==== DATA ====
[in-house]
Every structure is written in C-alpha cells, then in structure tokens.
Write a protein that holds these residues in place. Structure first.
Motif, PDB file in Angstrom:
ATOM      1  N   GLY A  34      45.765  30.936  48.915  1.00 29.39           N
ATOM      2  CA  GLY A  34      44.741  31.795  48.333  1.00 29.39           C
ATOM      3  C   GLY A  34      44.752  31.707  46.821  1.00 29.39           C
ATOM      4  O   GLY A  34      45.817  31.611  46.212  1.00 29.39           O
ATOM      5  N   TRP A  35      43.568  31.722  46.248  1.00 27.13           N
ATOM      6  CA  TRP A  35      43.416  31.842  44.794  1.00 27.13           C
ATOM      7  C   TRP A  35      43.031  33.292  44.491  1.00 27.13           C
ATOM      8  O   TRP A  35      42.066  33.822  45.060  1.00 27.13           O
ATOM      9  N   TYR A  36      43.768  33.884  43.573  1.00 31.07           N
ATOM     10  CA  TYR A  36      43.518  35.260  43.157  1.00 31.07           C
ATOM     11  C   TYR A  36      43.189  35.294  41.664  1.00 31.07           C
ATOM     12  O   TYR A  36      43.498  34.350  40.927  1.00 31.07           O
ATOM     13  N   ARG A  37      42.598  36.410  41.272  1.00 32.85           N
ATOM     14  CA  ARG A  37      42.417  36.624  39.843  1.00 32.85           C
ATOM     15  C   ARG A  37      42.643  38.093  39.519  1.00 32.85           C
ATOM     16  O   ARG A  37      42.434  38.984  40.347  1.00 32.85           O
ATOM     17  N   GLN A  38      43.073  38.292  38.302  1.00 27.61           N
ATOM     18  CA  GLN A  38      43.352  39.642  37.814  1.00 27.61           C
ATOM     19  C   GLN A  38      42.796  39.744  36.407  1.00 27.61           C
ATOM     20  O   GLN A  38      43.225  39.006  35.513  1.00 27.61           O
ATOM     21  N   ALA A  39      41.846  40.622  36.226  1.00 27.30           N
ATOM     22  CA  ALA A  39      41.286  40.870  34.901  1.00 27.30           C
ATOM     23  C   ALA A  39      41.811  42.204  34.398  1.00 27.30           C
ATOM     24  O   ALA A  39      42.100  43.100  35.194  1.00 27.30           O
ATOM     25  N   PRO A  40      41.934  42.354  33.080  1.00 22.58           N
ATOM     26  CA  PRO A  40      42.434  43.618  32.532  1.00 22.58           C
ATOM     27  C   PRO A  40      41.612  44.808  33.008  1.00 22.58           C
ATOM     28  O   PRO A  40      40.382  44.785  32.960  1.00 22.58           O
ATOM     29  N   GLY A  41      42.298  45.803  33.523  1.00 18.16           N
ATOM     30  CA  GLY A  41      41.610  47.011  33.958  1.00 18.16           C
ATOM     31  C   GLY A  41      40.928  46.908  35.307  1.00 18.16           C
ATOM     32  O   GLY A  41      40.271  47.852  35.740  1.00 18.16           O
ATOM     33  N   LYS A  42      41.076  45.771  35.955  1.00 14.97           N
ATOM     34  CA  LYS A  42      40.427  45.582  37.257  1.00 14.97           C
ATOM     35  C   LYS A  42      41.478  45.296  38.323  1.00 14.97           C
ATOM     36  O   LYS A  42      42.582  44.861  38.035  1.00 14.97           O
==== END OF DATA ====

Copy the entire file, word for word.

[in-house]
Every structure is written in C-alpha cells, then in structure tokens.
Write a protein that holds these residues in place. Structure first.
Motif, PDB file in Angstrom:
ATOM      1  N   GLY A  34      45.765  30.936  48.915  1.00 29.39           N
ATOM      2  CA  GLY A  34      44.741  31.795  48.333  1.00 29.39           C
ATOM      3  C   GLY A  34      44.752  31.707  46.821  1.00 29.39           C
ATOM      4  O   GLY A  34      45.817  31.611  46.212  1.00 29.39           O
ATOM      5  N   TRP A  35      43.568  31.722  46.248  1.00 27.13           N
ATOM      6  CA  TRP A  35      43.416  31.842  44.794  1.00 27.13           C
ATOM      7  C   TRP A  35      43.031  33.292  44.491  1.00 27.13           C
ATOM      8  O   TRP A  35      42.066  33.822  45.060  1.00 27.13           O
ATOM      9  N   TYR A  36      43.768  33.884  43.573  1.00 31.07           N
ATOM     10  CA  TYR A  36      43.518  35.260  43.157  1.00 31.07           C
ATOM     11  C   TYR A  36      43.189  35.294  41.664  1.00 31.07           C
ATOM     12  O   TYR A  36      43.498  34.350  40.927  1.00 31.07           O
ATOM     13  N   ARG A  37      42.598  36.410  41.272  1.00 32.85           N
ATOM     14  CA  ARG A  37      42.417  36.624  39.843  1.00 32.85           C
ATOM     15  C   ARG A  37      42.643  38.093  39.519  1.00 32.85           C
ATOM     16  O   ARG A  37      42.434  38.984  40.347  1.00 32.85           O
ATOM     17  N   GLN A  38      43.073  38.292  38.302  1.00 27.61           N
ATOM     18  CA  GLN A  38      43.352  39.642  37.814  1.00 27.61           C
ATOM     19  C   GLN A  38      42.796  39.744  36.407  1.00 27.61           C
ATOM     20  O   GLN A  38      43.225  39.006  35.513  1.00 27.61           O
ATOM     21  N   ALA A  39      41.846  40.622  36.226  1.00 27.30           N
ATOM     22  CA  ALA A  39      41.286  40.870  34.901  1.00 27.30           C
ATOM     23  C   ALA A  39      41.811  42.204  34.398  1.00 27.30           C
ATOM     24  O   ALA A  39      42.100  43.100  35.194  1.00 27.30           O
ATOM     25  N   PRO A  40      41.934  42.354  33.080  1.00 22.58           N
ATOM     26  CA  PRO A  40      42.434  43.618  32.532  1.00 22.58           C
ATOM     27  C   PRO A  40      41.612  44.808  33.008  1.00 22.58           C
ATOM     28  O   PRO A  40      40.382  44.785  32.960  1.00 22.58           O
ATOM     29  N   GLY A  41      42.298  45.803  33.523  1.00 18.16           N
ATOM     30  CA  GLY A  41      41.610  47.011  33.958  1.00 18.16           C
ATOM     31  C   GLY A  41      40.928  46.908  35.307  1.00 18.16           C
ATOM     32  O   GLY A  41      40.271  47.852  35.740  1.00 18.16           O
ATOM     33  N   LYS A  42      41.076  45.771  35.955  1.00 14.97           N
ATOM     34  CA  LYS A  42      40.427  45.582  37.257  1.00 14.97           C
ATOM     35  C   LYS A  42      41.478  45.296  38.323  1.00 14.97           C
ATOM     36  O   LYS A  42      42.582  44.861  38.035  1.00 14.97           O